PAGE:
Where cups and fences are concerned, here talk is not about teacups with saucers or beautiful white-painted picket fences. No, the conversation here revolves around those special horse jump cups and fences used on the training courses by both horse and rider in preparation for that crowd-pleasing and magnificent series of events otherwise known as showjumping. But as far as long distance or endurance race track events are concerned, the jury may yet be out.
Just witness world famous events like the Grand National and it is almost common but so disheartening to witness the tragic regularity of jumping accidents. At terrific speeds over long distances, both horse and jockey are required to mount one fence after another. In order to achieve prestige at famous events like this, both horse and rider need to be in peak condition throughout, both physically and mentally.
This is not an endurance sport for the faint-hearted participant or viewer. And it remains debatable whether horseracing should proceed for the benefit of those willing to place wagers on the likely or unlikely outcome. Nevertheless, under proper and caring administration and coaching, equine sports can always remain quite noble. The horse is a complex creature. Just how such a huge beast can be so docile and enter into a close relationship with its rider remains a miracle of nature.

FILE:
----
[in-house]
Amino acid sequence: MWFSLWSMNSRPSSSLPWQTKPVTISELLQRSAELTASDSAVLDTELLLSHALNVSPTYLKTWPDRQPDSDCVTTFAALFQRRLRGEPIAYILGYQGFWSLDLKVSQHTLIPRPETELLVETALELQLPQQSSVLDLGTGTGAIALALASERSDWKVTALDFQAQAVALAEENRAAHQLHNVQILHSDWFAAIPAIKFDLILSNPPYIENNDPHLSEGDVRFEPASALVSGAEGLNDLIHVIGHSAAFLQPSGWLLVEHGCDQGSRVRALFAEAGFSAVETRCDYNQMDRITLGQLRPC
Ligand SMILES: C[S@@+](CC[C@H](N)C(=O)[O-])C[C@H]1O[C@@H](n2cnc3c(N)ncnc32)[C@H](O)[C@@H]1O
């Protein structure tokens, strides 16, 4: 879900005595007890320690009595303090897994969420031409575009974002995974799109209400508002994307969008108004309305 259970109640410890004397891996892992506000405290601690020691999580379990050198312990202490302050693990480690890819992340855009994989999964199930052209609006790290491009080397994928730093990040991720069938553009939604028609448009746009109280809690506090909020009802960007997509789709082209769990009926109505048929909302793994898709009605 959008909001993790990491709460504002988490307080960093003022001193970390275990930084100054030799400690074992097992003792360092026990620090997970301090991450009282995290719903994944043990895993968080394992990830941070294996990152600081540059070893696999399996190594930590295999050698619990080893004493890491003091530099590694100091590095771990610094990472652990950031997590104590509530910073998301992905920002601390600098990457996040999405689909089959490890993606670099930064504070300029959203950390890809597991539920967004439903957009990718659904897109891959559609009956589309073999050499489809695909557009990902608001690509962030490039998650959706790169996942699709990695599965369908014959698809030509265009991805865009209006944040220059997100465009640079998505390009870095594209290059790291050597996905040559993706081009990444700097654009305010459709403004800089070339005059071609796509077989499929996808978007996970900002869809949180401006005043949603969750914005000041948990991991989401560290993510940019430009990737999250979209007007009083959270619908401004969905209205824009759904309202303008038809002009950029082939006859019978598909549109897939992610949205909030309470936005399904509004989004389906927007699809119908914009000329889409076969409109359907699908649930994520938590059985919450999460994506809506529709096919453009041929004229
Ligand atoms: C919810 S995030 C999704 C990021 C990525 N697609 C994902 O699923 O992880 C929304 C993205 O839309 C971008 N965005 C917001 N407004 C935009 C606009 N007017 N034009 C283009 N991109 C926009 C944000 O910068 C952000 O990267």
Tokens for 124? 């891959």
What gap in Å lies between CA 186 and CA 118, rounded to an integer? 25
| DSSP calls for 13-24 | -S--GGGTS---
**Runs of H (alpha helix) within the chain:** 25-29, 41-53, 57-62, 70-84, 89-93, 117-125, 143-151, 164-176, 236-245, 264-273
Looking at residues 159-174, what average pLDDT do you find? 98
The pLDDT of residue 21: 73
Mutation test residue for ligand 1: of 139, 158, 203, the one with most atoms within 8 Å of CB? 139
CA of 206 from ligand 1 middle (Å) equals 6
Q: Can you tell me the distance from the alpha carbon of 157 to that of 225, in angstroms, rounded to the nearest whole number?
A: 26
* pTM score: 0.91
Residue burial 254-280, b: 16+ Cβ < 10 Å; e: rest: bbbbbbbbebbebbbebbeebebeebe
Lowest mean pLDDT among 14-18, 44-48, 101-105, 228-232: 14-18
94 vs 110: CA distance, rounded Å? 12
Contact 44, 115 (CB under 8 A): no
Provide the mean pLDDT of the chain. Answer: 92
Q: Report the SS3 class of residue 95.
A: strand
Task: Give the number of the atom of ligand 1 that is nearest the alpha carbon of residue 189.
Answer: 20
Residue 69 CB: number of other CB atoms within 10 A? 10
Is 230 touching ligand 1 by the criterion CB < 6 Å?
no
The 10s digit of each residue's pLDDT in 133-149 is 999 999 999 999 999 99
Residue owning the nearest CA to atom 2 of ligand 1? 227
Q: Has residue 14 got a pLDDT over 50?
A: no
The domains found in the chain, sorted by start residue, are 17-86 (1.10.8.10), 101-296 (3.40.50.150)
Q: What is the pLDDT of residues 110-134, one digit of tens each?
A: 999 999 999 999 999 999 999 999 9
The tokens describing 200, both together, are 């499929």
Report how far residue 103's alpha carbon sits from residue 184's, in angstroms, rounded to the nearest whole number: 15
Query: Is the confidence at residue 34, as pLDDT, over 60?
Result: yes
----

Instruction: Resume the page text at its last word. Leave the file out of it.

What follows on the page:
Equine professionals, both specialist veterinary surgeons and coaches, have decreed that the use of wooden horse jump cups and fences are a lot safer to use than plastic cups and fences. Practical research has shown that the horse instinctively hesitates when approaching a plastic obstacle, perhaps knowing from previous experience that this is going to be a jump too far that is likely to hurt.